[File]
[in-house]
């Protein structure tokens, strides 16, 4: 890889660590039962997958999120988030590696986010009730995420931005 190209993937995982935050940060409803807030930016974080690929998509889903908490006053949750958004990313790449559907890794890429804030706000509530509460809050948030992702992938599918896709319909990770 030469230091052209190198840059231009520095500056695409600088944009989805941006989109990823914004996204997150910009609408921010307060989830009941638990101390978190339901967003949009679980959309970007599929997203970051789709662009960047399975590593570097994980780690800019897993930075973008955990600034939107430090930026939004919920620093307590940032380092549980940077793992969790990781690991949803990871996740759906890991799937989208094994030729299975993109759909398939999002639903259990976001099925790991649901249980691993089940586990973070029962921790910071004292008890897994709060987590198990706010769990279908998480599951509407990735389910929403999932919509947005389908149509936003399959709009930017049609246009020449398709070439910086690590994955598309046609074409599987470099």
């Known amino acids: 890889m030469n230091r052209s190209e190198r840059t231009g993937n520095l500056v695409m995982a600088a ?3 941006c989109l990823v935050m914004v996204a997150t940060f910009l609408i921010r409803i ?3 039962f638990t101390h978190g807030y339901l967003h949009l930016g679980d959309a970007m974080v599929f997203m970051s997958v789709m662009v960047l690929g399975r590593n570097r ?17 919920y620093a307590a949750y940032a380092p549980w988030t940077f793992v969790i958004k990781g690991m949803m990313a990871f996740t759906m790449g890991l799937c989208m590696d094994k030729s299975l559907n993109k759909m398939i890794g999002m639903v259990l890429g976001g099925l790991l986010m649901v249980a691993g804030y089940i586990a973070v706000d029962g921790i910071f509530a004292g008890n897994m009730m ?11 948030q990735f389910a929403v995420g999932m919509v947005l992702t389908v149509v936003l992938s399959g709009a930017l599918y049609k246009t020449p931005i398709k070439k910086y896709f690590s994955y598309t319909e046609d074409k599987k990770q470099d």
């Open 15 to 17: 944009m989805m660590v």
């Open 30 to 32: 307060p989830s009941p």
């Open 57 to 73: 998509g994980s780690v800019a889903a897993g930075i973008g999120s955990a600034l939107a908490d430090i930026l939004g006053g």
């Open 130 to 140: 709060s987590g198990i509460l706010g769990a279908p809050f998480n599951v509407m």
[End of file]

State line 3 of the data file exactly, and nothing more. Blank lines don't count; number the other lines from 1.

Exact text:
């Known amino acids: 890889m030469n230091r052209s190209e190198r840059t231009g993937n520095l500056v695409m995982a600088a ?3 941006c989109l990823v935050m914004v996204a997150t940060f910009l609408i921010r409803i ?3 039962f638990t101390h978190g807030y339901l967003h949009l930016g679980d959309a970007m974080v599929f997203m970051s997958v789709m662009v960047l690929g399975r590593n570097r ?17 919920y620093a307590a949750y940032a380092p549980w988030t940077f793992v969790i958004k990781g690991m949803m990313a990871f996740t759906m790449g890991l799937c989208m590696d094994k030729s299975l559907n993109k759909m398939i890794g999002m639903v259990l890429g976001g099925l790991l986010m649901v249980a691993g804030y089940i586990a973070v706000d029962g921790i910071f509530a004292g008890n897994m009730m ?11 948030q990735f389910a929403v995420g999932m919509v947005l992702t389908v149509v936003l992938s399959g709009a930017l599918y049609k246009t020449p931005i398709k070439k910086y896709f690590s994955y598309t319909e046609d074409k599987k990770q470099d």